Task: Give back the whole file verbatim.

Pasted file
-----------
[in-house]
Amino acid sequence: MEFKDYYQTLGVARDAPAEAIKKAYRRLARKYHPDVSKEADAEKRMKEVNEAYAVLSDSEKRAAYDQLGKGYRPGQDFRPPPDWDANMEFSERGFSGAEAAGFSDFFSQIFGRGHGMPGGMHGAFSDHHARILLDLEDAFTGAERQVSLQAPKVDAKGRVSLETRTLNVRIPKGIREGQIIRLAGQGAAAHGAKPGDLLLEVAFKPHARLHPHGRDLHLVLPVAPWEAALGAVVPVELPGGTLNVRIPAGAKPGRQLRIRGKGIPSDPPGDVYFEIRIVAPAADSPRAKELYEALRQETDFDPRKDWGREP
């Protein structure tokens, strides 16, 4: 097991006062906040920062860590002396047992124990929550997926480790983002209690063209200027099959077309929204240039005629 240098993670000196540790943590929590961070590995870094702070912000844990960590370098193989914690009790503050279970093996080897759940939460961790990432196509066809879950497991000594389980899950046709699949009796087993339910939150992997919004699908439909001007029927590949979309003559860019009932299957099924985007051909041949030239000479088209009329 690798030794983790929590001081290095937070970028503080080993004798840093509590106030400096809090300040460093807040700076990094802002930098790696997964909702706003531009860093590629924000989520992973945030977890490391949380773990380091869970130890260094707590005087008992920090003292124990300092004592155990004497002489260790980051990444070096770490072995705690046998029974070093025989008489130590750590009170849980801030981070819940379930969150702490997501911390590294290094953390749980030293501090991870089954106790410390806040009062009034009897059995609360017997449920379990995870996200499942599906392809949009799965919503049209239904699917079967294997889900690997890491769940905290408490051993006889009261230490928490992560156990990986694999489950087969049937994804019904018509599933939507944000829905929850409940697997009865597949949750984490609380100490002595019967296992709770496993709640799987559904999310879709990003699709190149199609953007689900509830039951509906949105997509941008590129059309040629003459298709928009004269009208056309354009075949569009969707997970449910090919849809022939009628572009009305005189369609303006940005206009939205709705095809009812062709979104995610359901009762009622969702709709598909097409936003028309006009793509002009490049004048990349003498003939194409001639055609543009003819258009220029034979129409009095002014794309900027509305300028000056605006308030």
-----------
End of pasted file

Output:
[in-house]
Amino acid sequence: MEFKDYYQTLGVARDAPAEAIKKAYRRLARKYHPDVSKEADAEKRMKEVNEAYAVLSDSEKRAAYDQLGKGYRPGQDFRPPPDWDANMEFSERGFSGAEAAGFSDFFSQIFGRGHGMPGGMHGAFSDHHARILLDLEDAFTGAERQVSLQAPKVDAKGRVSLETRTLNVRIPKGIREGQIIRLAGQGAAAHGAKPGDLLLEVAFKPHARLHPHGRDLHLVLPVAPWEAALGAVVPVELPGGTLNVRIPAGAKPGRQLRIRGKGIPSDPPGDVYFEIRIVAPAADSPRAKELYEALRQETDFDPRKDWGREP
């Protein structure tokens, strides 16, 4: 097991006062906040920062860590002396047992124990929550997926480790983002209690063209200027099959077309929204240039005629 240098993670000196540790943590929590961070590995870094702070912000844990960590370098193989914690009790503050279970093996080897759940939460961790990432196509066809879950497991000594389980899950046709699949009796087993339910939150992997919004699908439909001007029927590949979309003559860019009932299957099924985007051909041949030239000479088209009329 690798030794983790929590001081290095937070970028503080080993004798840093509590106030400096809090300040460093807040700076990094802002930098790696997964909702706003531009860093590629924000989520992973945030977890490391949380773990380091869970130890260094707590005087008992920090003292124990300092004592155990004497002489260790980051990444070096770490072995705690046998029974070093025989008489130590750590009170849980801030981070819940379930969150702490997501911390590294290094953390749980030293501090991870089954106790410390806040009062009034009897059995609360017997449920379990995870996200499942599906392809949009799965919503049209239904699917079967294997889900690997890491769940905290408490051993006889009261230490928490992560156990990986694999489950087969049937994804019904018509599933939507944000829905929850409940697997009865597949949750984490609380100490002595019967296992709770496993709640799987559904999310879709990003699709190149199609953007689900509830039951509906949105997509941008590129059309040629003459298709928009004269009208056309354009075949569009969707997970449910090919849809022939009628572009009305005189369609303006940005206009939205709705095809009812062709979104995610359901009762009622969702709709598909097409936003028309006009793509002009490049004048990349003498003939194409001639055609543009003819258009220029034979129409009095002014794309900027509305300028000056605006308030």